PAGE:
Angel Mehta: Was that area really white space at the time? Is it now?
Robert Youngjohns: Yes. Thereís a whole backdrop, a system around sales that has not been developed. We address that. If youíre given a new sales territory, what are the things you think about? How many sales people do I have; what sort of channels do I have; who are my customers; how are my channels and sales people allocated most effectively to those customers given the potential business I get out of back-up territory management; how do I set targets that are motivationally effective; how do I make sure that I set targets that map onto business opportunity as well as to other factors. How do I then set the sales plans and monitor peopleís performance against those sales plans and commission plans, to optimize performance? How can I change those things quickly if the business environment changes, new products come out or individual products seem to be failing in the market place and then lastly how do I bring this all together with some sort of analysis tool, some sort of analytic view of whatís really going on out there and the fundamental dynamics of it? Thatís a business problem that I saw and I saw that Callidus had the fundamental tools to start to tackle that problem.
Angel Mehta: How do you respond to customers who say, ďLook, we just want a Siebel add-on or an SAP add-onÖĒ Is that not a battle youíre fighting?
Robert Youngjohns: Yes, it does happen and I think that itís a classic challenge faced by any small software company. The analysis that I make of this is that, in this industry, there is absolutely no chance of finding a happy niche and then stand still in that niche and hope not to be noticed. If youíre going to compete against the large suite vendors, youíve got to have a strong value proposition and youíve got to bring a new product to market more quickly. And, youíve got to outsell them at every turn. You are going to hear this as an objection from the IT Department in particular. The IT Department will see the benefits of integration and one vendor, one throat to choke over a whole range of applications and see that it is more significant than the best-of-breed benefits that the business users would see. But it really tests your metal and focuses you on building the best possible application you can, because there is no other way to survive.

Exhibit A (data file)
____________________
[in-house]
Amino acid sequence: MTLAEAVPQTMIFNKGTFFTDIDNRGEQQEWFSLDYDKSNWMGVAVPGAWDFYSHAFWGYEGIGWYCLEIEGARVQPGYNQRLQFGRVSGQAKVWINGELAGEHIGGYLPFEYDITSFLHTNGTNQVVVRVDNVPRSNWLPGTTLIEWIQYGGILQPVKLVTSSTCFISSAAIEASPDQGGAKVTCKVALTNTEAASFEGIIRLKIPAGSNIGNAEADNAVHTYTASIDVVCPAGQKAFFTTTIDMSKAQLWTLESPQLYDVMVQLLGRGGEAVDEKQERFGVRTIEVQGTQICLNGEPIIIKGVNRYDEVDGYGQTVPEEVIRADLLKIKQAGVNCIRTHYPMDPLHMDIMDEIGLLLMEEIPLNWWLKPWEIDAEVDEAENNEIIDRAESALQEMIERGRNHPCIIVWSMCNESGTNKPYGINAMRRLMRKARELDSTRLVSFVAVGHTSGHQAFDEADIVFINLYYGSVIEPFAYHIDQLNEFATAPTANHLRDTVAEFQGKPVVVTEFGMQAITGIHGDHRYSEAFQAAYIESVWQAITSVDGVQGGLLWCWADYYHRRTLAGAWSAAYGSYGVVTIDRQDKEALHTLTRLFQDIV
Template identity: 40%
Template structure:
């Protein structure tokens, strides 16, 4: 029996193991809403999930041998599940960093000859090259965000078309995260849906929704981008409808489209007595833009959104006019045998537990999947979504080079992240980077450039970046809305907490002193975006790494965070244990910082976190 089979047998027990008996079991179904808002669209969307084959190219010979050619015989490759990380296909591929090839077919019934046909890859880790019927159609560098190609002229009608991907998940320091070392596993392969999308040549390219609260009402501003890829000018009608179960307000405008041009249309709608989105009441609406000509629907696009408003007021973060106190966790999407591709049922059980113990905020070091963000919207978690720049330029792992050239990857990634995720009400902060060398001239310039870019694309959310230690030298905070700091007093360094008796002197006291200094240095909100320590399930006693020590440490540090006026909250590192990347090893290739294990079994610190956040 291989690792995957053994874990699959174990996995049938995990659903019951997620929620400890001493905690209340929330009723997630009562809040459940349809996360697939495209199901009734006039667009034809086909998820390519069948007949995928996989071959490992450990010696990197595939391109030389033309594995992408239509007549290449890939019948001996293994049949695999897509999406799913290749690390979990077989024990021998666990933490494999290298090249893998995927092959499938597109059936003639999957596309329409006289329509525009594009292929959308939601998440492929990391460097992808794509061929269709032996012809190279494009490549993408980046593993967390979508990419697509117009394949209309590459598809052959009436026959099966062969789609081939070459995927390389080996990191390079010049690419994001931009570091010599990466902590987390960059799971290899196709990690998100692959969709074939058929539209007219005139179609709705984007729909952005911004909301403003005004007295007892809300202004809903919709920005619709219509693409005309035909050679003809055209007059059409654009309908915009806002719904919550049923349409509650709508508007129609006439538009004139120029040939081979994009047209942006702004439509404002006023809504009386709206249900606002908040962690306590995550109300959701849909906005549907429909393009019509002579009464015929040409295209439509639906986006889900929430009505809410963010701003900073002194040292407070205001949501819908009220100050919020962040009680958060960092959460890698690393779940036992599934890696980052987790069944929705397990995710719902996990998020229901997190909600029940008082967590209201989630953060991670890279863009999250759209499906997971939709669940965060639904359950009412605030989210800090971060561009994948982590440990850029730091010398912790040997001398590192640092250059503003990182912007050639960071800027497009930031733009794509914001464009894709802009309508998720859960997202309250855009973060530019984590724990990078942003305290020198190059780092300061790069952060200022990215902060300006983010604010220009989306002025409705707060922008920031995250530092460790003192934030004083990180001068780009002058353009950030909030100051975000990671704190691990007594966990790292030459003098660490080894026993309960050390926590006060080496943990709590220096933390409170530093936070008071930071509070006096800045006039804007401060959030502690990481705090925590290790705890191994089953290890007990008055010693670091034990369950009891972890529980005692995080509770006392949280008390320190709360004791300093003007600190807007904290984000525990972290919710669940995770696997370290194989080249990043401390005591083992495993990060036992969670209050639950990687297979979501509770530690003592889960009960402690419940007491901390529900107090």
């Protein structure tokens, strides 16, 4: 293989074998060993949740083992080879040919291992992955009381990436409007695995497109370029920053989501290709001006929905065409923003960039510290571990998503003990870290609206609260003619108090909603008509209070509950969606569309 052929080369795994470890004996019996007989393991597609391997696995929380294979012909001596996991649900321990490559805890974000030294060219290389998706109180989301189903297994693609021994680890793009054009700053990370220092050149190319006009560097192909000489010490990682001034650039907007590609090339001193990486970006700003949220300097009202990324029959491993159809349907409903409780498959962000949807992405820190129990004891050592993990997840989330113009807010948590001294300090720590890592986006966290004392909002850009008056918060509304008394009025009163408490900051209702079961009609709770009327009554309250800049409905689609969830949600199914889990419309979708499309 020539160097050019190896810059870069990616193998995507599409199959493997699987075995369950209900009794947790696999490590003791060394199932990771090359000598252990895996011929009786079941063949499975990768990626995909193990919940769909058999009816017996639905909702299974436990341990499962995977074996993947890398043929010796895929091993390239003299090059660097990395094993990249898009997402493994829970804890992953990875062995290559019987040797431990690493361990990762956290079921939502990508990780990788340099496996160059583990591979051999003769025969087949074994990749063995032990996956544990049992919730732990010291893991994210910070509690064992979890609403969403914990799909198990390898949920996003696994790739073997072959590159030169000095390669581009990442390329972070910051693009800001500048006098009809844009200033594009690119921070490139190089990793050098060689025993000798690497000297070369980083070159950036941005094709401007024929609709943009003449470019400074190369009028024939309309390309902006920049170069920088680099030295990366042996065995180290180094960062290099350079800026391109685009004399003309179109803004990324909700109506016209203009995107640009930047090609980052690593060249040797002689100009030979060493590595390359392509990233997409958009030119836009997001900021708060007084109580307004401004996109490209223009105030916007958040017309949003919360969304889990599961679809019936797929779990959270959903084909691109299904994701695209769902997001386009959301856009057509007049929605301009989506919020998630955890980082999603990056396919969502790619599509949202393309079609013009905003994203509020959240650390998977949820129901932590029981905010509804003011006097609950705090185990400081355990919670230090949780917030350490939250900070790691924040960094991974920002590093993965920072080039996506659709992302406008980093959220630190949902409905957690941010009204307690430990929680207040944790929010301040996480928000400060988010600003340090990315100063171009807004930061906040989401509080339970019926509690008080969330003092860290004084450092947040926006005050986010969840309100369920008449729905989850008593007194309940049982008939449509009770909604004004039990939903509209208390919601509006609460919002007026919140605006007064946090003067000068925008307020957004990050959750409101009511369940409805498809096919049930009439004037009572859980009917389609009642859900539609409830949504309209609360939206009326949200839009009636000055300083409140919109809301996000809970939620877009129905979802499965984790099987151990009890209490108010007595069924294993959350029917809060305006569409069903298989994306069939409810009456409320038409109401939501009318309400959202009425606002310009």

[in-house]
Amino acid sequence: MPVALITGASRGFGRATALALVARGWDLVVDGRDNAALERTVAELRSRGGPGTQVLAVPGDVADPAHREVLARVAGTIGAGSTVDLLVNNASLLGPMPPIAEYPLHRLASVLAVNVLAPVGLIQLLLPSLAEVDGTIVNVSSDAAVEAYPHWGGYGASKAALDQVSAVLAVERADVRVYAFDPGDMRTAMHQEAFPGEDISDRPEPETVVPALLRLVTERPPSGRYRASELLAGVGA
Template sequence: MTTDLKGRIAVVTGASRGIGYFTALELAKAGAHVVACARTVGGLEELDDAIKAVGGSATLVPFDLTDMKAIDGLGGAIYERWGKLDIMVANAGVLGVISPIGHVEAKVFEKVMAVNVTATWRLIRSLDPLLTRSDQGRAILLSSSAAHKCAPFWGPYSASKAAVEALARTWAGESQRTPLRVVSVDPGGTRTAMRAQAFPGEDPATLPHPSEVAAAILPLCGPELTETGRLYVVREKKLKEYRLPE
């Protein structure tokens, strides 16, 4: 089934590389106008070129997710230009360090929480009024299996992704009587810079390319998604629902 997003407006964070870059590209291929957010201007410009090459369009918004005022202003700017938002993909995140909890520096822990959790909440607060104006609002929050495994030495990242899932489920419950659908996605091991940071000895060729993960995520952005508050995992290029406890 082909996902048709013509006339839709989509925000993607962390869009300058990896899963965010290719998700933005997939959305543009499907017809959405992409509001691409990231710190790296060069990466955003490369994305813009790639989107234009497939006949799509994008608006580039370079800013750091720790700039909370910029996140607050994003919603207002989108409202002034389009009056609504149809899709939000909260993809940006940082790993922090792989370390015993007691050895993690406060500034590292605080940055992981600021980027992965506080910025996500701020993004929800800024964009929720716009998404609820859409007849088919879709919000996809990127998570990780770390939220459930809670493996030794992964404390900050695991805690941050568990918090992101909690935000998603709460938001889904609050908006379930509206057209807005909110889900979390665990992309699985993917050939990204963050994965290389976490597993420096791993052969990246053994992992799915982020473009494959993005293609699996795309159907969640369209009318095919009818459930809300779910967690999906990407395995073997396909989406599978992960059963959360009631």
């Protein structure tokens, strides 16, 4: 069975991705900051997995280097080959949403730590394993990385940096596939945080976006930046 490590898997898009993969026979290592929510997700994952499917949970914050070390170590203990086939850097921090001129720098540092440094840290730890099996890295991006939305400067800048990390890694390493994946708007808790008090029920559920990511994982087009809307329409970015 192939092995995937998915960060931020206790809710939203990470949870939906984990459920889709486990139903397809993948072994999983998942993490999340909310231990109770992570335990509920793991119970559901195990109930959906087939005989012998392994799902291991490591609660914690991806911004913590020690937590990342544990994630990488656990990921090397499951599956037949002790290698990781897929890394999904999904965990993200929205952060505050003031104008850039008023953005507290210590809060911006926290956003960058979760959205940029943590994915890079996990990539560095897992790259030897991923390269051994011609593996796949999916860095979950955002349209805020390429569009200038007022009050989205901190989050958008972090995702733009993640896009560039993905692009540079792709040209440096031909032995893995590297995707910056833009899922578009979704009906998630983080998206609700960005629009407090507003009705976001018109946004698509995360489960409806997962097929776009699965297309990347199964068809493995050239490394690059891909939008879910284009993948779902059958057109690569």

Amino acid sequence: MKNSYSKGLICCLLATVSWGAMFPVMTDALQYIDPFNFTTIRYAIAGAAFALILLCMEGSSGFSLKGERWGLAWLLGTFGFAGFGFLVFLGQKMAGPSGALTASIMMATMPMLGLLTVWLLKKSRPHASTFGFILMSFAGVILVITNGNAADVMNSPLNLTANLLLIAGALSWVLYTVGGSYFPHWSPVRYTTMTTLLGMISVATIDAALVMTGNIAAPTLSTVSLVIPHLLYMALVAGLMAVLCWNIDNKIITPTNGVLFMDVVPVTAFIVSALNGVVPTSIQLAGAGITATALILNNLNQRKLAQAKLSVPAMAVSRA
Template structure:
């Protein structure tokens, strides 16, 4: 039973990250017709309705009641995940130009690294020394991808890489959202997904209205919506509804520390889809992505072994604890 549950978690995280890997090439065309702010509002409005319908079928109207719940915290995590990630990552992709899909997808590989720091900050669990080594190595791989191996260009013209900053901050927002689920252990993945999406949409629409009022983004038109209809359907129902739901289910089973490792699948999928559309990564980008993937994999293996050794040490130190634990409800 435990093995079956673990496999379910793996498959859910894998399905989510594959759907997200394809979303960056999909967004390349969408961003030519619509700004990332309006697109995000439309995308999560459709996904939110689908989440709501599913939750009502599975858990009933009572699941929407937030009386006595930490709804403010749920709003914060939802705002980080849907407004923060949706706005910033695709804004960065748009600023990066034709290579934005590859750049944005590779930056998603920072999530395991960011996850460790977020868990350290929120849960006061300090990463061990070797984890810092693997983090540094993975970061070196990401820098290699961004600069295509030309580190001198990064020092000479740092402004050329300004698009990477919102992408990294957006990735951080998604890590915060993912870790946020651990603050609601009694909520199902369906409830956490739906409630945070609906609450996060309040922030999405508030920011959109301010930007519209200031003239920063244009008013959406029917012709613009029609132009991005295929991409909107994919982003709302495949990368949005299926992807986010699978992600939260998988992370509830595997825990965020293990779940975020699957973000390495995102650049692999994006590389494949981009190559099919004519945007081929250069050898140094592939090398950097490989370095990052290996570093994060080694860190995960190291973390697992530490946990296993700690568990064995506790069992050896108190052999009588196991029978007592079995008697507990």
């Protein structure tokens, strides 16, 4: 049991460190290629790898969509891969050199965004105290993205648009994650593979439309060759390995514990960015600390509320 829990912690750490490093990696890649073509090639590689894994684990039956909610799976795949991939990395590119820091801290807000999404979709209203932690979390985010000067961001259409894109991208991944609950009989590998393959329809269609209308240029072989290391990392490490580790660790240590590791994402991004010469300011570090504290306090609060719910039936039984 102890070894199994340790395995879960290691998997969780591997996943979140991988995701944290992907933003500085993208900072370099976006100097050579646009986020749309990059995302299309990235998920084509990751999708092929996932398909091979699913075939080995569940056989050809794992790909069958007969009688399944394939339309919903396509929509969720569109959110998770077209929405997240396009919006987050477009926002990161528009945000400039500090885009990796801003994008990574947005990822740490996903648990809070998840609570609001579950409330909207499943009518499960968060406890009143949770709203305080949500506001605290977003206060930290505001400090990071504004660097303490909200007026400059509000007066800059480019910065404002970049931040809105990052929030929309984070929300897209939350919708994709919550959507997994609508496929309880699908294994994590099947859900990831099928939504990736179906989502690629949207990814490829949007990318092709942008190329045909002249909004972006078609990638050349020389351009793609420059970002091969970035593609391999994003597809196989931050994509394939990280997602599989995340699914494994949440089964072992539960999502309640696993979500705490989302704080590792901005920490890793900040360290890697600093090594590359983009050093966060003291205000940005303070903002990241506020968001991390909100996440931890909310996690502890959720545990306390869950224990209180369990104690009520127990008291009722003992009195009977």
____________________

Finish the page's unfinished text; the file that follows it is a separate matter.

Angel Mehta: What would you say your top business problem has been and will be for the rest of 2007?
Robert Youngjohns: I think the first and integral problem is related to rapid growth of the company. Can we recruit enough people? Can we make sure we manage our attrition effectively? Can we make sure that we donít over-commit to customers and have the resources to deliver? The second is to make sure that we really do continue to broaden the value proposition away from being seen as edge up to payroll and HR into being pioneer leaders in this field of self-performance management. And the third one is to navigate the hazardous waters of ďOn Demand/Software as a ServiceĒ versus on-premise.
Angel Mehta: Have you shifted from a point where you have to evangelize the value of management solutions to the point where itís simply a priority on everyoneís list?
Robert Youngjohns: When I arrived in the company and asked who our competitors were, I was told we didnít have any. Which was, frankly, a little worrying! So the next question that arises is: If thatís the case, what are we doing better? And the conclusion is that we didnít. Our history seemed to be littered with competitive situations where we received the RFP, won the RFP and then failed to get the contract. So thatís why I changed my entire approach here. Now the good news is, we have a lot of competitors and customers take the priority seriously.